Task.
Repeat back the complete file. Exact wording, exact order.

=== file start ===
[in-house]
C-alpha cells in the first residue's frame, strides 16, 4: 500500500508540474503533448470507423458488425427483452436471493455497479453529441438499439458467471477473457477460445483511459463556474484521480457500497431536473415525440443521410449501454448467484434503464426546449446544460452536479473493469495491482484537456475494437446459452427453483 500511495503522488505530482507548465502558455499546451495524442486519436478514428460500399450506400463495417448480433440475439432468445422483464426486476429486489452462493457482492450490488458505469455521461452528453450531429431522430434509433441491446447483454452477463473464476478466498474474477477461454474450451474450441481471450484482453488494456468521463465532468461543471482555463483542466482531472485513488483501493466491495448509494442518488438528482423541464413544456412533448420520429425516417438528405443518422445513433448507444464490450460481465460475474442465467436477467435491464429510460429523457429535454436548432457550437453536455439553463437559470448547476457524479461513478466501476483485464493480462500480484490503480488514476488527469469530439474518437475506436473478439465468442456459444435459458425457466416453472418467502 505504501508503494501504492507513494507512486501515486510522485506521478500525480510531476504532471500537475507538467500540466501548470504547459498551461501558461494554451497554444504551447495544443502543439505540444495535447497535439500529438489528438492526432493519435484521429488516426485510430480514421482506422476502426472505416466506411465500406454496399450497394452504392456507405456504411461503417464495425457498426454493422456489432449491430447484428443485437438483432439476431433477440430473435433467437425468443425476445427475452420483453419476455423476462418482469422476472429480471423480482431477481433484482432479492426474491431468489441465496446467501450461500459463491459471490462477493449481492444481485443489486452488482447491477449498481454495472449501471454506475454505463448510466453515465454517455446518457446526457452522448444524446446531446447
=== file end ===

[in-house]
C-alpha cells in the first residue's frame, strides 16, 4: 500500500508540474503533448470507423458488425427483452436471493455497479453529441438499439458467471477473457477460445483511459463556474484521480457500497431536473415525440443521410449501454448467484434503464426546449446544460452536479473493469495491482484537456475494437446459452427453483 500511495503522488505530482507548465502558455499546451495524442486519436478514428460500399450506400463495417448480433440475439432468445422483464426486476429486489452462493457482492450490488458505469455521461452528453450531429431522430434509433441491446447483454452477463473464476478466498474474477477461454474450451474450441481471450484482453488494456468521463465532468461543471482555463483542466482531472485513488483501493466491495448509494442518488438528482423541464413544456412533448420520429425516417438528405443518422445513433448507444464490450460481465460475474442465467436477467435491464429510460429523457429535454436548432457550437453536455439553463437559470448547476457524479461513478466501476483485464493480462500480484490503480488514476488527469469530439474518437475506436473478439465468442456459444435459458425457466416453472418467502 505504501508503494501504492507513494507512486501515486510522485506521478500525480510531476504532471500537475507538467500540466501548470504547459498551461501558461494554451497554444504551447495544443502543439505540444495535447497535439500529438489528438492526432493519435484521429488516426485510430480514421482506422476502426472505416466506411465500406454496399450497394452504392456507405456504411461503417464495425457498426454493422456489432449491430447484428443485437438483432439476431433477440430473435433467437425468443425476445427475452420483453419476455423476462418482469422476472429480471423480482431477481433484482432479492426474491431468489441465496446467501450461500459463491459471490462477493449481492444481485443489486452488482447491477449498481454495472449501471454506475454505463448510466453515465454517455446518457446526457452522448444524446446531446447